And Microsoft is lending it’s considerable talents to the robotic scene, leading a possible opening for more U.S. development, from Artificial Intelligence and Robotics: A blog about Artificial Intelligence (AI) and Robotics:

Microsoft forms alliance with Tmsuk robot manufacturer

Monday, September 10, 2007 at 7:45 AM Posted by Awesom-o

Tmsuk humanoid robot“Microsoft and Tmsuk have announced a new partnership that will have Microsoft’s Robotics Studio powering Tmsuk’s robots. Tmsuk is a Japanese robot manufacturer that has been building robots since 1992. The large collection of robots Tmsuk has developed ranges from traditional wheeled robots to humanoids; the robots are designed for a number of different applications including health-care and office jobs, i.e., robot receptionists.
Tmsuk joins the large number of robot manufacturers who are providing drivers for the Microsoft Robotics Studio (MSRS), Bill Gates’s initiative to create a standard platform for robot programming and development. Even though Microsoft only has a small number of engineers developing MSRS, they have achieved a large penetration in the market in a bit more than a year since their software development suit has been available to the public.
Gates is obviously taking this initiative very seriously. Microsoft has no problem using their influence in the industry to dominate a new market. The open source Player/Stage initiative is probably feeling the heat at the moment but they are also reporting more than 60,000 downloads. The battle has not been decided yet because even though software seems to progress quickly, hardware hasn’t moved forward by much this year. Still, 2008 will be a critical year on deciding who will be providing software for the consumer robots that are expected to start dominating the market over then next decade.”

Unfortunately, the U.S. seemed stuck at the Roomba stage, the only robot that had gained commercial non-industrial use (from the iRobot wesbite, the makers of Roomba):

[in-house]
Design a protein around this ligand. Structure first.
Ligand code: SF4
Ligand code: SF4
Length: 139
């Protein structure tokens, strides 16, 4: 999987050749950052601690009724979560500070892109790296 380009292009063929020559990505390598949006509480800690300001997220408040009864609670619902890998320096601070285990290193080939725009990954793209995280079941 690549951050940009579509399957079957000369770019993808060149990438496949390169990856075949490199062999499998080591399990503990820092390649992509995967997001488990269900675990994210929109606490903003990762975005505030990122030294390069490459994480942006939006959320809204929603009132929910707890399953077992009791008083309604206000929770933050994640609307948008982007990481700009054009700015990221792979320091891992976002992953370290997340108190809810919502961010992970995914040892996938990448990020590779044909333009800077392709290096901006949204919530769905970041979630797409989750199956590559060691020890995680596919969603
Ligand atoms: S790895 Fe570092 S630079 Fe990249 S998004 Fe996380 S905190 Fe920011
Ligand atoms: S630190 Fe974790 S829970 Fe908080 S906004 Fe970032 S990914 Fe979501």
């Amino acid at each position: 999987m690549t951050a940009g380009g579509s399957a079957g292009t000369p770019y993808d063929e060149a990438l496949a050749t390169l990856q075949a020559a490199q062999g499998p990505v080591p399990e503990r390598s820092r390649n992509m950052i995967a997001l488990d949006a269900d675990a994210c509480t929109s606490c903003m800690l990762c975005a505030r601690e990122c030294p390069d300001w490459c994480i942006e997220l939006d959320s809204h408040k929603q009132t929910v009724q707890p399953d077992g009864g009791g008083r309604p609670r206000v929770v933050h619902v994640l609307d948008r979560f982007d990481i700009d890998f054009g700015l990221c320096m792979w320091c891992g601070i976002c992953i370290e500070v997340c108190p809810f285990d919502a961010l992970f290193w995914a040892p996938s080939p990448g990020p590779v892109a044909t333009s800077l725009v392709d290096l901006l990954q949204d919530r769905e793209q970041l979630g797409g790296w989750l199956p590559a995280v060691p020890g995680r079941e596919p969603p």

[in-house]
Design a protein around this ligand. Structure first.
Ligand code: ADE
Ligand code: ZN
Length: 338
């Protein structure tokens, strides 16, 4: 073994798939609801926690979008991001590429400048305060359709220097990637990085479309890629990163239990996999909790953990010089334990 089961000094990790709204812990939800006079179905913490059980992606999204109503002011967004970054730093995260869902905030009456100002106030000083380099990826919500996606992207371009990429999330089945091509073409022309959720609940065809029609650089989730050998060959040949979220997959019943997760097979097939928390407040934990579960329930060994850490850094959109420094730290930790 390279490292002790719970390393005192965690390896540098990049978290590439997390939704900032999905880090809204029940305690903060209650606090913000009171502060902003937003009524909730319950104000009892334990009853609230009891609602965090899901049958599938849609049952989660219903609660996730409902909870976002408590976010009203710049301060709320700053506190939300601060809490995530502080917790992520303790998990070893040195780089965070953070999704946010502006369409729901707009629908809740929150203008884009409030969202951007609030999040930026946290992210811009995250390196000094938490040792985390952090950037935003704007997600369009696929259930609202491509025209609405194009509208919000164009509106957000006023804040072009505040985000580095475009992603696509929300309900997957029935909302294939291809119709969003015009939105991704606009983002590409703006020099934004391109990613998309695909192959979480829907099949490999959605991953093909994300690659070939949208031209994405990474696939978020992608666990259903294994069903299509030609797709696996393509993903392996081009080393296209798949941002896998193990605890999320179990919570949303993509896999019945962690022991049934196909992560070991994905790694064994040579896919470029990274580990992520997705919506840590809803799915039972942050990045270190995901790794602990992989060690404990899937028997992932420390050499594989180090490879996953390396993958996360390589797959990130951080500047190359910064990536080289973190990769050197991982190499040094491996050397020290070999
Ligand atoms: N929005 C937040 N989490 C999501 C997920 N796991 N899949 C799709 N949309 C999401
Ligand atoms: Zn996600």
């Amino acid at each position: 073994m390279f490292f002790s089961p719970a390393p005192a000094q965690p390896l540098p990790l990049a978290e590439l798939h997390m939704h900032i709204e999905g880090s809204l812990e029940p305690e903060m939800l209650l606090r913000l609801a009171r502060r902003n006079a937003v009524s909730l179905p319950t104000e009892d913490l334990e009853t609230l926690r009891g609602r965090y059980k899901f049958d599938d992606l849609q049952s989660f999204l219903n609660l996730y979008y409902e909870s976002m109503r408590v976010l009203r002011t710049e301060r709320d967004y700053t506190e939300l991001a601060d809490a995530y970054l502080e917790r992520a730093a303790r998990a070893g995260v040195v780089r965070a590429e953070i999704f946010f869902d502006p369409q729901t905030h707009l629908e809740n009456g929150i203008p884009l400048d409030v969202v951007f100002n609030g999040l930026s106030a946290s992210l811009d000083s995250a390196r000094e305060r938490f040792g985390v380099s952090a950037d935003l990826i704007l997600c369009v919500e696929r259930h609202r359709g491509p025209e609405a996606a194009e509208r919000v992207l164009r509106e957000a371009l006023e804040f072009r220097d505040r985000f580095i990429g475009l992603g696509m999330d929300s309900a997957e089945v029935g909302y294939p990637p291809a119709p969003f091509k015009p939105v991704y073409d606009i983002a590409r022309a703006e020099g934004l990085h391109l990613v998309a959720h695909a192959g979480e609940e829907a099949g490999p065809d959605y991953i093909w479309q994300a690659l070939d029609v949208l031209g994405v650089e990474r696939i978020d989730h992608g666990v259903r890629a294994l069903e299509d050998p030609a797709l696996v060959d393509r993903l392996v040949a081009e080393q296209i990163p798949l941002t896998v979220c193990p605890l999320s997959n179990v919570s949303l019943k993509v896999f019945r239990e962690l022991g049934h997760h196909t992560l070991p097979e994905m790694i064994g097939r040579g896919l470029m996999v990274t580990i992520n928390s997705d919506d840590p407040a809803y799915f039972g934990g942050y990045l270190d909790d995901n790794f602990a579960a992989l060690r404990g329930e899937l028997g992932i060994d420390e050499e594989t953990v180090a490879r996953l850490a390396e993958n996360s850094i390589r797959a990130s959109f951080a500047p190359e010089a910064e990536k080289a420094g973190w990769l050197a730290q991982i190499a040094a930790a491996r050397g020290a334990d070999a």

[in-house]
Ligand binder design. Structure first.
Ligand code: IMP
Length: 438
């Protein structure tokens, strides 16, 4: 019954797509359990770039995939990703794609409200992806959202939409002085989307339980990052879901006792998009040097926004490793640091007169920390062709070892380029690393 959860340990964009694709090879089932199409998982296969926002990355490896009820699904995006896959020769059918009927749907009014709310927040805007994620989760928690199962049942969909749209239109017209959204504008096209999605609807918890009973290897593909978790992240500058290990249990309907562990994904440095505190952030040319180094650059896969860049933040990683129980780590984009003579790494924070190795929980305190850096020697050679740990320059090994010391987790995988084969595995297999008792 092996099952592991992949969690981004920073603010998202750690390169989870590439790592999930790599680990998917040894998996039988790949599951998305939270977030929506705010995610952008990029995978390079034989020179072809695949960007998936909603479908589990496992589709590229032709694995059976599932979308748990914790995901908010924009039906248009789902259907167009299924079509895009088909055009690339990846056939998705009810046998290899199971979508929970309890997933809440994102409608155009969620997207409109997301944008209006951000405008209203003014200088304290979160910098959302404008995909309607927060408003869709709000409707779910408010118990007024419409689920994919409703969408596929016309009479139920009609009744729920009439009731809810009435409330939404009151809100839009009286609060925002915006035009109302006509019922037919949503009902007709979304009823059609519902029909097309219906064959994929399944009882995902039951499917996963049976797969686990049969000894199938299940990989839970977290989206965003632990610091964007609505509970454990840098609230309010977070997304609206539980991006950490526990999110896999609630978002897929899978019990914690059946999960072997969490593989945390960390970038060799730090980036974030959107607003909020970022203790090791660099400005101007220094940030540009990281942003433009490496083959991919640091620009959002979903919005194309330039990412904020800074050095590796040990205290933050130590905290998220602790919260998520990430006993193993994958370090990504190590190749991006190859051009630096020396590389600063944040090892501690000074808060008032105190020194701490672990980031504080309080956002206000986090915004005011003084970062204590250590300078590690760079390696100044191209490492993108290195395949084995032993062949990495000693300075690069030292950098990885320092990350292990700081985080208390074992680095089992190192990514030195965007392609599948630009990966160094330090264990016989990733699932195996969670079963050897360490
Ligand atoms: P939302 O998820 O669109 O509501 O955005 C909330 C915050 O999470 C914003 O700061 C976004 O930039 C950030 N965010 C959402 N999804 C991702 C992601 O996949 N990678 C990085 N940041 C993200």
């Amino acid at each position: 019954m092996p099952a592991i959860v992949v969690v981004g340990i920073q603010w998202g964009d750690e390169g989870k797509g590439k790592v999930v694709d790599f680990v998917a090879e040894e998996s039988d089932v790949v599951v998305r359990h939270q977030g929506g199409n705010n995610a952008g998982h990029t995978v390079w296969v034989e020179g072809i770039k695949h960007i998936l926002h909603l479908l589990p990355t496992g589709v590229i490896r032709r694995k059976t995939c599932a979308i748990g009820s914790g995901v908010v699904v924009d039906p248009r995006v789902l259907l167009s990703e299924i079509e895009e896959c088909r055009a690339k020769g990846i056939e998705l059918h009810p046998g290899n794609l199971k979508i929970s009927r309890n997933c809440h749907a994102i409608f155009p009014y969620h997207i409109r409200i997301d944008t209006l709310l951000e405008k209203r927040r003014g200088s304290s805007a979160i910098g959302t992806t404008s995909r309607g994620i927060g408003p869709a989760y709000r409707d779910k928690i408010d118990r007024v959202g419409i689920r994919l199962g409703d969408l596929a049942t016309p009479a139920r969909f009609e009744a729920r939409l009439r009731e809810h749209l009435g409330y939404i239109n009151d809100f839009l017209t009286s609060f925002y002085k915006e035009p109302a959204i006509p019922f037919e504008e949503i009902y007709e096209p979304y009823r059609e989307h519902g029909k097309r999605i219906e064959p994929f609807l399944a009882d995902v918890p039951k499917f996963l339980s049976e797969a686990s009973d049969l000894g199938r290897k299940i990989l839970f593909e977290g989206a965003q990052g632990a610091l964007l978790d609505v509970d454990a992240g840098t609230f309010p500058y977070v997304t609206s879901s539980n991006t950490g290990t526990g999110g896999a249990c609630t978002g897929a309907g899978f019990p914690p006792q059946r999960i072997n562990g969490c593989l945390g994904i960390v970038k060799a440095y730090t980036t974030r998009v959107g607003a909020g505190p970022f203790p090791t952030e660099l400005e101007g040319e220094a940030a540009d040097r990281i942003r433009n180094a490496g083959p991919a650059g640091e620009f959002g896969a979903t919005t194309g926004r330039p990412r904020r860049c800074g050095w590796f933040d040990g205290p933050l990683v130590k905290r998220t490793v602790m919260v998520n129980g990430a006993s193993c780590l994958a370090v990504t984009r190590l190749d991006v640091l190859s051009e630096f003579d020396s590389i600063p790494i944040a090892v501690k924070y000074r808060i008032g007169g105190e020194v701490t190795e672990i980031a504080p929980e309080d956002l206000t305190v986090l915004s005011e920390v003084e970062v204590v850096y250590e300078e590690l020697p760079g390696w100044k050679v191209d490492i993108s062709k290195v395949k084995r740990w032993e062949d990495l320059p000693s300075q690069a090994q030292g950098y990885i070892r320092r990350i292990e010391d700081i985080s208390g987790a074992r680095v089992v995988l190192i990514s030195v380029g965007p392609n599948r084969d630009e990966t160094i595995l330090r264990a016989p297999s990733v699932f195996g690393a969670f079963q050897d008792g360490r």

How iRobot Roomba Works

“Roomba is an intelligent and effective vacuuming robot. All Roomba Vacuuming Robots feature iRobot’s unique AWARE™ Robot Intelligence Systems. AWARE uses dozens of sensors to monitor Roomba’s environment, and adjusts Roomba’s behavior up to 67 times per second, ensuring that Roomba cleans effectively, intelligently and safely.

To see how some of Roomba’s features work, see this page ( for videos of the following features:
A powerful vacuum

Hard-to-reach places

Carpets to hard floors

Avoids drop-offs

Detects dirt

Won’t get stuck

Light-touch bumper

Automatically recharges

Avoids off-limit areas


Modular Design

A smart and powerful vacuum

Roomba picks up an amazing amount of dirt, dust, pet hair, dander, cat litter, crumbs, leaves and other debris as it autonomously navigates throughout your home. Roomba automatically adjusts from carpets to hard floors and cleans everywhere you want while avoiding off-limit areas.”

From when Roomba was first introduced – skepticism:

Saturday, September 14, 2002

Maid to Order
A little robot called Roomba vacuums your house while you lounge by the pool. Is this the beginning of the end?


“The new Roomba robotic vacuum from iRobot, shown vacuuming cat litter
Saturday, Sep. 14, 2002

The first time you meet a robot can be pretty disappointing. Hollywood has taught us what to expect: a trusty sidekick like R2-D2, a gleaming robo-maid like The Jetsons’ Rosey or a cyberassassin like the Terminator. The reality is very different: most robots are either mindless factory drones or blue-sky academic projects that cost a fortune, break down a lot and don’t do very much. Most of them don’t even have death rays.

Now meet Roomba, a new housecleaning robot spawned by the Massachusetts Institute of Technology’s Artificial Intelligence Lab and built by a Somerville, Mass., company called iRobot. Roomba’s function is a humble one: it’s designed to vacuum your living room while you’re otherwise engaged. But Roomba also represents a technological watershed: it’s the first robot ever built that is designed to live in your home, serve a useful purpose and be priced for the mass market — at $199, it costs about the same as a mid-range vacuum cleaner. Roomba isn’t quite Rosey the Robot, but it just might be Rosey’s great-great-grandparent.

The Roomba in Action
The Anatomy of a Robot
Find out how the Roomba works